Walt Joseph

Walt Joseph standing outside of the SRS Heritage Museum.

The Aiken Chamber of Commerce’s 2017 Man of the Year is a man CNTA knows well and man well worth getting to know.

Walt Joseph, currently 89 years old and with the energy of two men half his age, has spent his life serving his country in the military and working at the Savannah River Site. He is passionate about our nation and the field he believes has been a contributor to our nation’s success.

“Very few people recognize that SRS made a major contribution to this nation and to the world in terms of avoiding World War III and winning the Cold War,” he said while thinking about the importance of SRS. “Savannah River is one of the reasons the Soviets could not keep up with our technology and basically went bankrupt trying.”

Joseph and his wife, Paula, moved to Aiken from Penn State in 1954 so Joseph could pursue his career in the nuclear field. At this point, he had already served in the military and finished his master’s degree in mechanical engineering.

Joseph first began work at Savannah River Laboratory, where he stayed for 12 years. “We did some pioneering work on the effects of radiation on structural materials and had a lot of fun with it,” Joseph commented with a smile.

When Joseph realized he could not discuss his job with anyone except those he worked with and those at other nuclear sites, he requested a transfer from the laboratory to the plant.

He explained, “I decided that while I loved the science and technology, I liked people more.”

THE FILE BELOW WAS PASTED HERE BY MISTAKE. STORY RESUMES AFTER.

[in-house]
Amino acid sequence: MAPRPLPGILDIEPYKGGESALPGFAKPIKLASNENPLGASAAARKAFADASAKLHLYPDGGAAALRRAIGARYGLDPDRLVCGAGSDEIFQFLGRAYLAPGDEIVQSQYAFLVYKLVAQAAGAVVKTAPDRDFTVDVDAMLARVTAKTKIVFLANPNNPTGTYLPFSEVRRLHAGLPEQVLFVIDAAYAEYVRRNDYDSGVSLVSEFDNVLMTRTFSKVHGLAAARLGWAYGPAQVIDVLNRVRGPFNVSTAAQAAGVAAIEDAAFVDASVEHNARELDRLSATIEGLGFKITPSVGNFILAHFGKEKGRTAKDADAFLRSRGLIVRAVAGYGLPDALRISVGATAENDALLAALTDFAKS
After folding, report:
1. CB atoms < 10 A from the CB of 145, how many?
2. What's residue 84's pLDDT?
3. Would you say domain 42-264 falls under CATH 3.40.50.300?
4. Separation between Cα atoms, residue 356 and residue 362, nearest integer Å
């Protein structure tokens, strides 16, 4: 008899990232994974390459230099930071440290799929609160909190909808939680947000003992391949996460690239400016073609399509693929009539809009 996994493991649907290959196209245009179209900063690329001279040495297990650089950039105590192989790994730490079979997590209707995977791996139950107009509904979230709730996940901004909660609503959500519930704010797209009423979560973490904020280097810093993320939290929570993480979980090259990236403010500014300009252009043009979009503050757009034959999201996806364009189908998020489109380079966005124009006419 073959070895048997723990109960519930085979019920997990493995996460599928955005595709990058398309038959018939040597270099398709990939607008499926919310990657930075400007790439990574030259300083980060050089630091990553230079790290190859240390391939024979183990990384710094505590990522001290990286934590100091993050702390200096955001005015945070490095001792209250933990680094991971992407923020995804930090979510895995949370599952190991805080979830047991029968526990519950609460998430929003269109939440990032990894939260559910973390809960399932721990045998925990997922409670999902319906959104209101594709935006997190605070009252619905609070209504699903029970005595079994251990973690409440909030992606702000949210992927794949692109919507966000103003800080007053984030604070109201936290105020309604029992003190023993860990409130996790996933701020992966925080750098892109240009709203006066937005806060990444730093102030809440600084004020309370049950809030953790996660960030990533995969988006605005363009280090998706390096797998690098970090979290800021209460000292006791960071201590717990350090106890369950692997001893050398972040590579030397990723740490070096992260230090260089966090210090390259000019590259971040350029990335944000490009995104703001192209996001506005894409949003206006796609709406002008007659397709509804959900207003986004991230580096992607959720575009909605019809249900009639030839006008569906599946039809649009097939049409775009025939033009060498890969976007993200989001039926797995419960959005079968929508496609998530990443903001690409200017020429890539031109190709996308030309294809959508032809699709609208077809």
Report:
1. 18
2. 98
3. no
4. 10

Joseph received the transfer to the plant and from there he had a very busy career. He worked in many positions, from running transportation to doing research in equipment engineering.

Through all his job appointments, one thing remained true about Joseph – he loved his field of work. His main piece of advice is for one to “have a job that you think is fun.”

However, even when he was done working at the site, he felt his job was not yet finished.

“I think it’s important to the community to understand the site in terms of what it has done in the past and what it’s capable of doing in the future,” Joseph said. “The site has made an enormous contribution to the community, the country, and the world. I think it’s important that local people understand this and revel in it - take pride in it – support it in all of its various aspects.”

In the early 2000’s, Joseph and some others realized that SRS was missing something that most other nuclear sites have – a heritage museum. In 2003, plans began to form to create a heritage foundation for the site he had spent a career serving.

Joseph said, “I think the site has potential for continuing this kind of progress into the foreseeable future, and to do it, it really needs support from the community, so I hope that the museum is able to help build that kind of support.”

He has put in countless hours of work into the Savannah River Site Heritage Foundation, and his work has not gone unrecognized. In 2017, Joseph was chosen to be Aiken Chamber of Commerce’s Man of the Year.

When thinking about being the recipient of the award, Joseph said, “I had not thought of myself as being a candidate for that kind of recognition, and in spite of my surprise, I had the presence of mind to ask XXXX to join me on the stage.”

While Joseph likes to remind people that he was not the only person working on the project, he is still honored to have been acknowledged for the museum and foundation.

“It was great. I was flattered and delighted – not only for myself but for the people who work with me to make all of this possible. It was a validation that people thought that what we were doing was worth doing,” Joseph said.

Even accomplished and ambitious men like Joseph can question their enthusiasm.

“Being an enthusiast, you always wonder a little bit if your enthusiasm is misplaced,” Joseph added with a laugh. “It was nice to find that other people shared the enthusiasm.”